Some businesses have popped up to transform messy code used in academia for commercial use, The Economist reports.
A lot of computer code that's generated in academia is written in obsolete programming languages and has been tweaked by numerous graduate students and postdocs over the years and may not be well annotated. And for the purposes there, The Economist says that may be enough.
But some of these codes have commercial interest to outside companies or startups coming out of the lab and, for them, disorderly code is not acceptable.
A few companies, The Economist reports, have stepped into to straighten out such 'spaghetti code.' One company, Oxford Computer Consultants, tells The Economist that it has untangled code written partially in Fortran and partially in Matlab.
The first step is to get the program to run on their own computers and generate the same results as those that the developer gets, Reynold Greenlaw tells The Economist, adding that it's an obvious, but not always easy step. Once that's done, then all the different parts of the code can be tested, translated into a newer computing language, and otherwise updated, he adds.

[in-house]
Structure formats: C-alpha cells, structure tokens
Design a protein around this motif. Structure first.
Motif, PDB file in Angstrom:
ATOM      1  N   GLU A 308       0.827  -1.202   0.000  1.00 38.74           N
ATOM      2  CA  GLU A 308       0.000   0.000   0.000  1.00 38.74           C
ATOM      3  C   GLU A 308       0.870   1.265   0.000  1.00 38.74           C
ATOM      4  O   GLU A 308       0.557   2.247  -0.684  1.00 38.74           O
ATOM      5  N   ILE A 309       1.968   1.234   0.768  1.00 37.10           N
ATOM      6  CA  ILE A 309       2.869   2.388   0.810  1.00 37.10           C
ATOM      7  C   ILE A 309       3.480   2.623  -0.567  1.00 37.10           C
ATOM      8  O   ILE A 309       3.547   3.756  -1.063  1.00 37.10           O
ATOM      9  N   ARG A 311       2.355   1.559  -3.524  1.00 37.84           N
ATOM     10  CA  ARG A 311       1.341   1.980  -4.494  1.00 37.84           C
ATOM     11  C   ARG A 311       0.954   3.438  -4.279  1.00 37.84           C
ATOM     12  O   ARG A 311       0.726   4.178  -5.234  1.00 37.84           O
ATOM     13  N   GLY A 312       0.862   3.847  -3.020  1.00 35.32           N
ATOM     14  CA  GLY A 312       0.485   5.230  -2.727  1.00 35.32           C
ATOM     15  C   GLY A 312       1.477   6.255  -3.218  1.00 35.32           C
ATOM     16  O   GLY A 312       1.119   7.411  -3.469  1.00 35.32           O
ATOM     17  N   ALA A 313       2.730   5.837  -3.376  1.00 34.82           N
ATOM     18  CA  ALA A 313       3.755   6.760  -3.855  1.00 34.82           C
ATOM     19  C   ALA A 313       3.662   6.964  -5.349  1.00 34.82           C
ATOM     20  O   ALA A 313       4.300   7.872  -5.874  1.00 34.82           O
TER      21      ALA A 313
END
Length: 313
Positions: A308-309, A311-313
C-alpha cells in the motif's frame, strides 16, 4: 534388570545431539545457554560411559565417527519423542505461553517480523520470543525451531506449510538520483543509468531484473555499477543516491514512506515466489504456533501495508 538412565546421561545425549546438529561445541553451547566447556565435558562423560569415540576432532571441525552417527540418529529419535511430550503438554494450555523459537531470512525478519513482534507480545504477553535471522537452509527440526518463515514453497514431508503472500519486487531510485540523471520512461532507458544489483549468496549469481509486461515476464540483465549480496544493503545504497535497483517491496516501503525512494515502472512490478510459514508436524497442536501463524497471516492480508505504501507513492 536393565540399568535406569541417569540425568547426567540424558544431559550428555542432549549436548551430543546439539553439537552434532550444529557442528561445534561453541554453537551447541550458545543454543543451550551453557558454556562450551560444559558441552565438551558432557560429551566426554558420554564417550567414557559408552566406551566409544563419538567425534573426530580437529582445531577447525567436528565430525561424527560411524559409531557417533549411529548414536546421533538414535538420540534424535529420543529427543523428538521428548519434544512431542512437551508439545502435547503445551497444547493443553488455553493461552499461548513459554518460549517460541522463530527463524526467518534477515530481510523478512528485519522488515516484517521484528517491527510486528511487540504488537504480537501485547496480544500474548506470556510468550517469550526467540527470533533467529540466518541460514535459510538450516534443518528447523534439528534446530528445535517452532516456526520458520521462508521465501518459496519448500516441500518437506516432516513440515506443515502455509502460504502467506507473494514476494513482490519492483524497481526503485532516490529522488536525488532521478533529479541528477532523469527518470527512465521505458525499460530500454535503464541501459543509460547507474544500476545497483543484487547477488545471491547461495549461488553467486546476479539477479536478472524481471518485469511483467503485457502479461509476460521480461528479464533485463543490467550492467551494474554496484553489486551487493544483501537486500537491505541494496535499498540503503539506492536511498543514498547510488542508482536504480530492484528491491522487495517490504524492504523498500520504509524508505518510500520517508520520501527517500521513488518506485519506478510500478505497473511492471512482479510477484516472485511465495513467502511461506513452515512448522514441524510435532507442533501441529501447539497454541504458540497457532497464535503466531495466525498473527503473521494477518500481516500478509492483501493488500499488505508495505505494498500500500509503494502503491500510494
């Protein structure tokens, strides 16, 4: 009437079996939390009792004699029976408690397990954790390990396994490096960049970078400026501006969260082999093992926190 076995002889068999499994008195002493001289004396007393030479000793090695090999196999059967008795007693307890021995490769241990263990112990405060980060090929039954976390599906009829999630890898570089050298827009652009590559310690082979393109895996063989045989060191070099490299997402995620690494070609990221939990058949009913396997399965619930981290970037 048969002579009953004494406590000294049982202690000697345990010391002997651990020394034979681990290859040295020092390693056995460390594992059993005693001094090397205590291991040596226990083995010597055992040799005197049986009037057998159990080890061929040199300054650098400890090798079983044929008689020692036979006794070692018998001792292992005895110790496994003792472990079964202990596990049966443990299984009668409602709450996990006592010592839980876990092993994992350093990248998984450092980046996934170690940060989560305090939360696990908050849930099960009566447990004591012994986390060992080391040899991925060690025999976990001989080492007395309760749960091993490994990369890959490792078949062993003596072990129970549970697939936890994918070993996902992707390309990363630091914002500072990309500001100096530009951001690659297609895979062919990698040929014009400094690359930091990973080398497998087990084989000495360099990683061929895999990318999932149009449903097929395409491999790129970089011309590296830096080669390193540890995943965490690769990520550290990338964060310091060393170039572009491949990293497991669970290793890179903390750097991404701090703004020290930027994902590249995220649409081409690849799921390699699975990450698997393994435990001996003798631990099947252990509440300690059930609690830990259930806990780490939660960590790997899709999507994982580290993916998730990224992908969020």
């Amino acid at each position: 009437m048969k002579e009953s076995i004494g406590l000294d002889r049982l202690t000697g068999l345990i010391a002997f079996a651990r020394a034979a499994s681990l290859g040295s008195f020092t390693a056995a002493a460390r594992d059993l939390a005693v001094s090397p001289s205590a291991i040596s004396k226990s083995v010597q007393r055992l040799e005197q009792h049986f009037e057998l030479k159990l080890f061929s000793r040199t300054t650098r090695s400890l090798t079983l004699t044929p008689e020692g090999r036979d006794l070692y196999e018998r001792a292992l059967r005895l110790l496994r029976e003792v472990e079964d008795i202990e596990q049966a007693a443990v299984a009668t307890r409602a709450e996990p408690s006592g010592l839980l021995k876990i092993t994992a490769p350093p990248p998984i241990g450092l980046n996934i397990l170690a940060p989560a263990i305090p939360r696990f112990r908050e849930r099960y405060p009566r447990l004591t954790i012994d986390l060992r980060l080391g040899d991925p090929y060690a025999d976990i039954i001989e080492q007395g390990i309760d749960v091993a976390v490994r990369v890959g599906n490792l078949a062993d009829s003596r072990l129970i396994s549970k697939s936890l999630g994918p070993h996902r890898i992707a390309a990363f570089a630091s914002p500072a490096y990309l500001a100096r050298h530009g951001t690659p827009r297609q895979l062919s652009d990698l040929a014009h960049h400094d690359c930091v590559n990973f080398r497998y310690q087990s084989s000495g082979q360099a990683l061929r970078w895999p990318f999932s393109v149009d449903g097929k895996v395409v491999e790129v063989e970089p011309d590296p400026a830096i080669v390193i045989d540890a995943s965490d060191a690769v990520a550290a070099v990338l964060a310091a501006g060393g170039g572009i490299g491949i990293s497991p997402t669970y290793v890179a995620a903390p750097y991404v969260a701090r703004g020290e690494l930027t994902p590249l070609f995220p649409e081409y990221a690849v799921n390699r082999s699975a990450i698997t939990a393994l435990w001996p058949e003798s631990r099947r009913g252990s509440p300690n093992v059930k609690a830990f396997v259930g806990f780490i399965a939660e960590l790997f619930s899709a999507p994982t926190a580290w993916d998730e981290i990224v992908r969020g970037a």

While The Economist says this wouldn't be necessary if academics were better at writing coding, it notes that they have few incentives to do so. "[F]or most academics writing software is merely a means to an end rather than an end in itself," it says. "Those who do put effort into producing good code risk being seen by their colleagues as time-wasters."